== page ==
We were doing feedback after a role play recently and the question of proposals and agreements came up.
When you are learning mediation your mentors will tell you not to rush to agreement.
One of the really common problems is the mediator trying to rush the parties towards an agreement before they fully understand and have the opportunity to consider what is being proposed. It is counter productive and doesn’t work.
Don’t think that the first time you see the parties coming up with options and making proposals that they have an agreement and definitely don’t try to lock them into them!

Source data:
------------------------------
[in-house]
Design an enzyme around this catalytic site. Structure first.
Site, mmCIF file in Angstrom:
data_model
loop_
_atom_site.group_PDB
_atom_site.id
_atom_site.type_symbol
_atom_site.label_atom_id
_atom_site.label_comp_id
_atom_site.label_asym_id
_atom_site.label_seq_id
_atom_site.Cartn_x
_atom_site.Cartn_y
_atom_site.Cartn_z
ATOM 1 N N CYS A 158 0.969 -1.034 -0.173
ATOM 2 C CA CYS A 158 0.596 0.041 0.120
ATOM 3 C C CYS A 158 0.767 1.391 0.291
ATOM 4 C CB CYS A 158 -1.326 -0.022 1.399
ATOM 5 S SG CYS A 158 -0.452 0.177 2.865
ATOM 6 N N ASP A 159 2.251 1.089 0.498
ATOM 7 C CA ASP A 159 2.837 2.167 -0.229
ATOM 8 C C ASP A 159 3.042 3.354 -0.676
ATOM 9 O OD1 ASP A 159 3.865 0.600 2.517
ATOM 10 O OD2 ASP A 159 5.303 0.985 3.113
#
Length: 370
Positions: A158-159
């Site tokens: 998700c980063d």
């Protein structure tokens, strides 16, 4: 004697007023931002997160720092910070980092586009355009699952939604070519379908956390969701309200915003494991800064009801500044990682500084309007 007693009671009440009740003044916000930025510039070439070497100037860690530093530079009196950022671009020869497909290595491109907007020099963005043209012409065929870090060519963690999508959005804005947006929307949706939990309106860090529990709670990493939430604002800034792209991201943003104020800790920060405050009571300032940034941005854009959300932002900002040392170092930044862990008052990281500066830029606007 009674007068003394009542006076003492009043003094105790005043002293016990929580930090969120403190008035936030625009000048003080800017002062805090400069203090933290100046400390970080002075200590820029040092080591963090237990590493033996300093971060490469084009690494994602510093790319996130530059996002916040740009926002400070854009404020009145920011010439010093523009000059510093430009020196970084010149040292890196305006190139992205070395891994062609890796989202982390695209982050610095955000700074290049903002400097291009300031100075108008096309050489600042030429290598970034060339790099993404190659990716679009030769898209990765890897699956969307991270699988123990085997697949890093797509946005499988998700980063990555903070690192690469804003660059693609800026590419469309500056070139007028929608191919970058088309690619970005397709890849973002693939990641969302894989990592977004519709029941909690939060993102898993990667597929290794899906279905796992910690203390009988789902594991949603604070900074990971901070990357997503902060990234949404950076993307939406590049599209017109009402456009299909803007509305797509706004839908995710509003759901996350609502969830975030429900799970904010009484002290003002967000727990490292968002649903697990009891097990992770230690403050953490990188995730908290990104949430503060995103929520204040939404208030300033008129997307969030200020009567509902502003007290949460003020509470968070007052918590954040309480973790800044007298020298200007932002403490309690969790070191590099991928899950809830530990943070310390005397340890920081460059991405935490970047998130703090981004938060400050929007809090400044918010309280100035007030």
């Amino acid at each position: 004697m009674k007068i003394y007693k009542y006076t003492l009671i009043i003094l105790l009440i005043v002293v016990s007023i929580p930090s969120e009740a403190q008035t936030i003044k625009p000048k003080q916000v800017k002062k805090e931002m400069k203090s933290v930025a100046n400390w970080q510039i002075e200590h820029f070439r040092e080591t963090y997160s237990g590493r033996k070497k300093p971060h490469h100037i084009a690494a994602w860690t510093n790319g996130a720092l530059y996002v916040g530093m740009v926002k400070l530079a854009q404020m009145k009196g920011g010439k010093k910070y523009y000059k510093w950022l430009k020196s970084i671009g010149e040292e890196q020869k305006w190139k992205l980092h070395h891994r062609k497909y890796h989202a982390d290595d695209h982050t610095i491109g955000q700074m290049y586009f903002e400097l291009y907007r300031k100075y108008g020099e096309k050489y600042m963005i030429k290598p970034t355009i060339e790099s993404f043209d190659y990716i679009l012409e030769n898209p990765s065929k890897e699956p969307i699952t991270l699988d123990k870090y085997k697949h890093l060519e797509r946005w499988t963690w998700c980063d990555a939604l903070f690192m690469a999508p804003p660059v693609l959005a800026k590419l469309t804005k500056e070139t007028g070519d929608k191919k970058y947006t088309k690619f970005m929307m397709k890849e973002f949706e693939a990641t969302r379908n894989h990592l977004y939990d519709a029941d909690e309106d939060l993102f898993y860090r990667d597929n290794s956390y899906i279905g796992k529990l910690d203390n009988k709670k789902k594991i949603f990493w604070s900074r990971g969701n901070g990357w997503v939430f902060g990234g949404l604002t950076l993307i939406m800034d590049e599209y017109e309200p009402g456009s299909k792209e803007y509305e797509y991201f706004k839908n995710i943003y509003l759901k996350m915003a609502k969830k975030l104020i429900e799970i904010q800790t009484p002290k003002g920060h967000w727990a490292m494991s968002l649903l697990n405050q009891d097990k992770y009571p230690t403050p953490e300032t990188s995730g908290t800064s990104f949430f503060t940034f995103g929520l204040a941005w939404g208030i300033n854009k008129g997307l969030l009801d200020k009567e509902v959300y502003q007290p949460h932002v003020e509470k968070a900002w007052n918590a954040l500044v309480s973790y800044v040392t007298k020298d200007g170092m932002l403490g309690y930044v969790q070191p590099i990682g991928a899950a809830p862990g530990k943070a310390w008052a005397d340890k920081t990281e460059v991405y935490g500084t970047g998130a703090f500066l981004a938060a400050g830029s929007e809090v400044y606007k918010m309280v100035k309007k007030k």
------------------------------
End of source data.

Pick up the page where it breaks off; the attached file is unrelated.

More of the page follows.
What’s your proposal?
You could think of proposals in Mediation as being reverse-marriage proposals.
When someone proposes marriage they usually get an immediate reaction without any questions about exactly what they expect the marriage to be like.
If the proposal is accepted then they start working out the when, what will the wedding be like, where will they live and some of the detail of their life together. All without knowing what is being proposed in any detail before they say yes.
If they say no they are rejecting the proposal based on an emotional response without much information about what life together the other person is proposing.
Exploring the proposal before you say yes or no.
If they used mediation to negotiate getting married the mediator would help them to explore the proposal before saying yes or no.
We’d probably have less work as FDR Practitioners if that became common practice.